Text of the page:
Supreme Court

The Supreme Court wants to resolve an issue but it cannot.  Why?  Because the cases it has accepted involving the issue keep on settling right before oral argument. 

For the second time in two years, the parties have settled a dispute before the Supreme Court over whether the Fair Housing Act (FHA) allows plaintiffs to bring disparate impact claims.  Local governments across the country have been subject to these claims. 
The FHA makes it unlawful to refuse to sell or rent a property to any person because of...

As CSG implements its Focus on Federalism Initiative, the Supreme Court is a good place to keep an eye on.  The Court relied heavily on federalism when striking down Section 3 of the Defense of Marriage Act and Section 4(b) of the Voting Rights Act last term.  Sprint Communications Company v. Jacobs won’t be a blockbuster decision like those two cases, but the Justices will take into account federalism when ruling in this case.  CSG signed onto a State and Local Legal Center (SLLC) Supreme Court amicus brief in this case.

Younger abstention requires federal courts to refrain from interfering with ongoing state court proceedings in some circumstances.  The question before the Supreme Court in Sprint is when exactly does Younger abstention apply? Should federal courts abstain from deciding a case when there is a related state proceeding that is “remedial” not “coercive”?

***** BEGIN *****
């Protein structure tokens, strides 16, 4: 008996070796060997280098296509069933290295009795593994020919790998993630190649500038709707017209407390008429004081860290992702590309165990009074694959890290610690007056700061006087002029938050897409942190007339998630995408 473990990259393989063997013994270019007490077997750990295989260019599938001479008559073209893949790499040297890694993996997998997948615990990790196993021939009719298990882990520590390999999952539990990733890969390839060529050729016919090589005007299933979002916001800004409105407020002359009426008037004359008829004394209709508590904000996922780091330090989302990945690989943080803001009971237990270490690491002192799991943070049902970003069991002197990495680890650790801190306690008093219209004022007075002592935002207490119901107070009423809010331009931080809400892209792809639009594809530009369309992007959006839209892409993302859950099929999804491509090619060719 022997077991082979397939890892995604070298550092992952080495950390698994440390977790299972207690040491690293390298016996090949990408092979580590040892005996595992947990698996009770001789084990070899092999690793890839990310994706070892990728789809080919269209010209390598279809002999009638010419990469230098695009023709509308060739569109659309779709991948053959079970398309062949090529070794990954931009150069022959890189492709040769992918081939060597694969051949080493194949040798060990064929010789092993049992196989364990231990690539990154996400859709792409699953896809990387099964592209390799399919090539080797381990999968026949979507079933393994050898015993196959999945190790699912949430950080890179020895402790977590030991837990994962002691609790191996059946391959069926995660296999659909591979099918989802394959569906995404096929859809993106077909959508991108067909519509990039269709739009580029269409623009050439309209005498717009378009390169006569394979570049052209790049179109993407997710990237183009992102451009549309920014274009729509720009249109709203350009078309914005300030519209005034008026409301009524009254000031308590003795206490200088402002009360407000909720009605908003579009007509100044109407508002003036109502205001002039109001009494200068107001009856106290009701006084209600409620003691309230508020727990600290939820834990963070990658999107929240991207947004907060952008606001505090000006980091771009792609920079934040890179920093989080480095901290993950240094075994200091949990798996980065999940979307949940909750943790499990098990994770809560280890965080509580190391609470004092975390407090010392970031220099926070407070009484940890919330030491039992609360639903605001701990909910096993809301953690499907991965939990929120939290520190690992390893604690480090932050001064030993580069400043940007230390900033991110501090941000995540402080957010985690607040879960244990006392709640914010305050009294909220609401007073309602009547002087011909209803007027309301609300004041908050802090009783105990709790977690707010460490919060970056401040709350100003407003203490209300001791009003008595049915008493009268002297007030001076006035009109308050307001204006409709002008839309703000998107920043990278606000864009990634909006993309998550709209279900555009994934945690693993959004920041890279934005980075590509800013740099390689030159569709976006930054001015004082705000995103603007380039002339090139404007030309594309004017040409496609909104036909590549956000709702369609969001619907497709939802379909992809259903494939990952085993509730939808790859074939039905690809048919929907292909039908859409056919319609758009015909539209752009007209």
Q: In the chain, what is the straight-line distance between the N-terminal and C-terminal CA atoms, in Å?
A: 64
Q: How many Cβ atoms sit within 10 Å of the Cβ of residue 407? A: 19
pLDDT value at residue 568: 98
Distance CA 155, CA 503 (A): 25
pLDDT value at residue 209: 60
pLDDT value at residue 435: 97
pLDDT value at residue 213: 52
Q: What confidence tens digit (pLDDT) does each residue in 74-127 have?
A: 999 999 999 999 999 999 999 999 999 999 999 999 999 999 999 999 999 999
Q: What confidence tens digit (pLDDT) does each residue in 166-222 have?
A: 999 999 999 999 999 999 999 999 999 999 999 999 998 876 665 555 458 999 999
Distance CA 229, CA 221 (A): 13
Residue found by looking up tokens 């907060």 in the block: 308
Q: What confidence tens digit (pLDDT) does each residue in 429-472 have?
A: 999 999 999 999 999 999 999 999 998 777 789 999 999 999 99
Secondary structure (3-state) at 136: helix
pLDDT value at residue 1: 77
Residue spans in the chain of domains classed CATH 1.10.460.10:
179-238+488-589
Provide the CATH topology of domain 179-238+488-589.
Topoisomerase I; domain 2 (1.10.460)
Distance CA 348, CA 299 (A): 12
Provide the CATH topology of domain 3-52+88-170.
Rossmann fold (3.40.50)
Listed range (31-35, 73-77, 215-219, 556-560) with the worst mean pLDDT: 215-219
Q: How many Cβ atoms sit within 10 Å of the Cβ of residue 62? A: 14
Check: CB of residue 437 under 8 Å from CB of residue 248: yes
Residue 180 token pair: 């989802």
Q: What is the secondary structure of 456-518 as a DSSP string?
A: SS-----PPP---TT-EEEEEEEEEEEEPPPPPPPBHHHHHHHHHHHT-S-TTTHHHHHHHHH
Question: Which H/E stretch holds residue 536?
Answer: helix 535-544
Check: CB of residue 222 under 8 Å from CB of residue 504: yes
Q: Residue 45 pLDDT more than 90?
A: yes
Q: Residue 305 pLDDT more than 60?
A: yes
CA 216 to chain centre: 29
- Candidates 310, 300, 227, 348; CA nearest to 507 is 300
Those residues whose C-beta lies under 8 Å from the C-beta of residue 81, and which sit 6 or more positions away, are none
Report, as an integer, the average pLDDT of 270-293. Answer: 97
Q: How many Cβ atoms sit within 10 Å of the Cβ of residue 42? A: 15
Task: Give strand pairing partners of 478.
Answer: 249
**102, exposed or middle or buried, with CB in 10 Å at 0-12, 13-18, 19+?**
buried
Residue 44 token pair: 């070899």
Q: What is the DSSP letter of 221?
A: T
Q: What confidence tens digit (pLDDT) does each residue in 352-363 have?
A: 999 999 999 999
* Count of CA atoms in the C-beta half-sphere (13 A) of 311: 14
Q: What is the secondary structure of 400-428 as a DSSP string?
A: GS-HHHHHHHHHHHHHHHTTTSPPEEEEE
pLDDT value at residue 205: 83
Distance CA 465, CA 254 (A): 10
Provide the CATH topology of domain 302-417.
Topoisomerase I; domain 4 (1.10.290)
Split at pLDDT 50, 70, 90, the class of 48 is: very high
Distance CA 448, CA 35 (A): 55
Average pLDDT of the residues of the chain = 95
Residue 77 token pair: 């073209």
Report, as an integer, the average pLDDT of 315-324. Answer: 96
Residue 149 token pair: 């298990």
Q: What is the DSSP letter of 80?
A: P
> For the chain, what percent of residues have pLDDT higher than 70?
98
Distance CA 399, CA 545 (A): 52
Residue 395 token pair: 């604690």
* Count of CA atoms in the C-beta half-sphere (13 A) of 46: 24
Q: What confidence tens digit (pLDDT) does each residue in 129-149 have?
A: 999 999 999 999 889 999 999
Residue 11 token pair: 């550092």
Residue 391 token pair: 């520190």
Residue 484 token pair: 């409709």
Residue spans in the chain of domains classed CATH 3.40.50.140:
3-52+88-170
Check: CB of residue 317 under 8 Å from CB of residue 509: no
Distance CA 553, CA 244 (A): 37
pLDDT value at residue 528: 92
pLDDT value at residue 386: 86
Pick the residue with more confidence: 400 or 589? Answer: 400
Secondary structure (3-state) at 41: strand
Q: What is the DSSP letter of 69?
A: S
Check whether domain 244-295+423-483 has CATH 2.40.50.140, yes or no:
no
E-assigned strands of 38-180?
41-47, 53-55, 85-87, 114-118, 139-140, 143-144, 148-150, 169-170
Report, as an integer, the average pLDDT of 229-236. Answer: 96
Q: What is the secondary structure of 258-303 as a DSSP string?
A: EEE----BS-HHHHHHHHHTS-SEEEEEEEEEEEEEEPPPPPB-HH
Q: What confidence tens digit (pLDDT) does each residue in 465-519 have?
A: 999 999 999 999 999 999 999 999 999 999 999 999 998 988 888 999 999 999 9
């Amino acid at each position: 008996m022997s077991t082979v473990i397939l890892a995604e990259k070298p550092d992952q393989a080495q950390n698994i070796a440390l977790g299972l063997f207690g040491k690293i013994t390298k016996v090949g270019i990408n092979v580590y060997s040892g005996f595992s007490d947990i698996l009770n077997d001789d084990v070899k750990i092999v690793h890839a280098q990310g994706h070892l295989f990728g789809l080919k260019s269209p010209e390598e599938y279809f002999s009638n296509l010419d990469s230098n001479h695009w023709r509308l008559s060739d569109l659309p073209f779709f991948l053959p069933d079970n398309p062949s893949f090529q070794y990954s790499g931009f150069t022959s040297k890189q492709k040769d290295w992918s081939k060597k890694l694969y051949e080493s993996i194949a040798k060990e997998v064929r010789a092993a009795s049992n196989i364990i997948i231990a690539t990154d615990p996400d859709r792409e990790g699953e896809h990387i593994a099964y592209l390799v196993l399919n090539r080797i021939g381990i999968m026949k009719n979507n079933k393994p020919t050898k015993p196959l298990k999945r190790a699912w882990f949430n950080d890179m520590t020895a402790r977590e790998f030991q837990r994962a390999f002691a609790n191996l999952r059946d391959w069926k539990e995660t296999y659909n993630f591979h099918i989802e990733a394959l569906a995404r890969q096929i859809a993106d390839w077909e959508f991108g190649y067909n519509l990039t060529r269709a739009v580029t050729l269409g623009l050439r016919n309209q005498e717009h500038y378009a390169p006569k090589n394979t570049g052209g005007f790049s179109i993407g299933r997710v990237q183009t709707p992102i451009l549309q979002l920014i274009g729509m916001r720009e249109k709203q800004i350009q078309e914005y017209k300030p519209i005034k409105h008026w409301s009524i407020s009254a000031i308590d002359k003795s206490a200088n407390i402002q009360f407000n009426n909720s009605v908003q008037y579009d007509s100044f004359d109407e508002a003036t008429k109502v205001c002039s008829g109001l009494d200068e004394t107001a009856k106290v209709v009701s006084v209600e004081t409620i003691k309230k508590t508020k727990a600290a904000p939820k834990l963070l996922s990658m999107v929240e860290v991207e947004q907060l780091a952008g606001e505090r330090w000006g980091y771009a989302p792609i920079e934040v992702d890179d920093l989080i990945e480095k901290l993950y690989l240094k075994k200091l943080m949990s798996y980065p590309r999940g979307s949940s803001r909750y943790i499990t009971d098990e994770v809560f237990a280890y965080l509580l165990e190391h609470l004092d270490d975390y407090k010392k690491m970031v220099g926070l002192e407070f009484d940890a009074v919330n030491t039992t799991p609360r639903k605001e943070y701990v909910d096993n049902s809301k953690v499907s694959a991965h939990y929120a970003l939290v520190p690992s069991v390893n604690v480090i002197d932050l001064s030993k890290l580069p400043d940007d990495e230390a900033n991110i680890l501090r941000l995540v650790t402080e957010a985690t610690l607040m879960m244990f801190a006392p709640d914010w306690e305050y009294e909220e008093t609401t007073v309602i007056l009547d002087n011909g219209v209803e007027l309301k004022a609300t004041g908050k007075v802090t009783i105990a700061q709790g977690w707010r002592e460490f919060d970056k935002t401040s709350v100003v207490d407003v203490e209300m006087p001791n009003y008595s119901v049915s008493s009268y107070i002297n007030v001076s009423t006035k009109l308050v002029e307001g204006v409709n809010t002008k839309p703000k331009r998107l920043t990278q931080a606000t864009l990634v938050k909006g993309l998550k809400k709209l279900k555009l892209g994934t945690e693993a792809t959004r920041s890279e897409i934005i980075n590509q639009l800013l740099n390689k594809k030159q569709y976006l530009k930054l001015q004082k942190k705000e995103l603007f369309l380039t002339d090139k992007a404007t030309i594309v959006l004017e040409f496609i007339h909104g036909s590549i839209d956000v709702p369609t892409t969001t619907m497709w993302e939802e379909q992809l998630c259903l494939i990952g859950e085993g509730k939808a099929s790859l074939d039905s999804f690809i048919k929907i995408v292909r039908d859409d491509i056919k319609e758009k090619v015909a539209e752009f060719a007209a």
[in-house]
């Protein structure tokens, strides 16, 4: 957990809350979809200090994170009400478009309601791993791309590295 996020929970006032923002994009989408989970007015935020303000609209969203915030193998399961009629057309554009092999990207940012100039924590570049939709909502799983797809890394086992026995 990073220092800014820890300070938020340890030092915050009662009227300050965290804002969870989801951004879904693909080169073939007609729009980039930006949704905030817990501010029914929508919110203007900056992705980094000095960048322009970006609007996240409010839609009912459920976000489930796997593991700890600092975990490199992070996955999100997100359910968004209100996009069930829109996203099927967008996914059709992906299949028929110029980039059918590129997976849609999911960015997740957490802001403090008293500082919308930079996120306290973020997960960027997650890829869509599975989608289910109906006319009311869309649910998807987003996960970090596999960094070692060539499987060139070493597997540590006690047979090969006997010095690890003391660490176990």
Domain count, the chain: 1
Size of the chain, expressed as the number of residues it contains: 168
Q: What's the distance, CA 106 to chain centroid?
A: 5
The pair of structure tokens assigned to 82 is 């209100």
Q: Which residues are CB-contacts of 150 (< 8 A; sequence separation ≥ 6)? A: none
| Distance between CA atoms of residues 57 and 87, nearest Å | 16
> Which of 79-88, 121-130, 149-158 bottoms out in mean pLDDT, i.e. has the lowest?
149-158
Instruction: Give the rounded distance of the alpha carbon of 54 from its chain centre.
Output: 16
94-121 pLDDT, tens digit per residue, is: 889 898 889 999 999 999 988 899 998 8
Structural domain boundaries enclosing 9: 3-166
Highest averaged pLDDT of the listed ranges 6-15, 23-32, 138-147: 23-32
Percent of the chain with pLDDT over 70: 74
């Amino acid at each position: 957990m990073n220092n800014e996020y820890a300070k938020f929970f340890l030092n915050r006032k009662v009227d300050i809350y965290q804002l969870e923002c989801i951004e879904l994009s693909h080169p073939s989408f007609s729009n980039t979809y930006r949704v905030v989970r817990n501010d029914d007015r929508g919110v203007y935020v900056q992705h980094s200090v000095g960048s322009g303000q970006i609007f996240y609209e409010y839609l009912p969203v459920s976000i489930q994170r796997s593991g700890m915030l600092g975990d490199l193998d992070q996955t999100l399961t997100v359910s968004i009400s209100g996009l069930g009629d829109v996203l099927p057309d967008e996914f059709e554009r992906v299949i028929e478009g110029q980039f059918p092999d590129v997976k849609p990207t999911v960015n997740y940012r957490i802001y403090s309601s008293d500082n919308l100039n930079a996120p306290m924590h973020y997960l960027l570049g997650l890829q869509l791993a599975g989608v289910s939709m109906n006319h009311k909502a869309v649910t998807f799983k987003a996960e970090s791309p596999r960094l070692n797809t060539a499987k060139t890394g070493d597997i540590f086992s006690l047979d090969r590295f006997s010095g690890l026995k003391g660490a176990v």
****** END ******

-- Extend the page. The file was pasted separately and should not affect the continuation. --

The Supreme Court’s October Term 2013 already promises to be a big one for states even though the Court has thirty or so more cases to accept.  Here is a highlight of a few of the cases the Court has agreed to hear so far affecting state government.

In Schuette v. Coalition to Defend Affirmative Action the Court will decide whether a state constitutional amendment banning affirmative action by public...

In a compromise decision that avoids the hot-button political issue of affirmative action in postsecondary education, the U.S. Supreme Court has ruled a federal appeals court was wrong to dismiss a case that the University of Texas illegally discriminated against a white college student when it rejected her application for admission.

This term the U.S. Supreme Court will hear at least five cases involving Fourth Amendment searches.  Two involve drug sniffing dogs, one involves warrantless blood draws from DUI suspects, and another involves detaining a person who has left the premises before executing a search warrant.  In Maryland v. King the Supreme Court will decide whether the Fourth Amendment allows states to collect and analyze DNA, without a warrant, from people arrested and charged with serious crimes. 

The State and Local Legal Center (SLLC) filed an amicus brief in Maryland v. King, which CSG signed onto, because this case involves a challenge to the constitutionality of a state statute.  In fact, twenty-eight states and the federal government have adopted DNA arrest laws.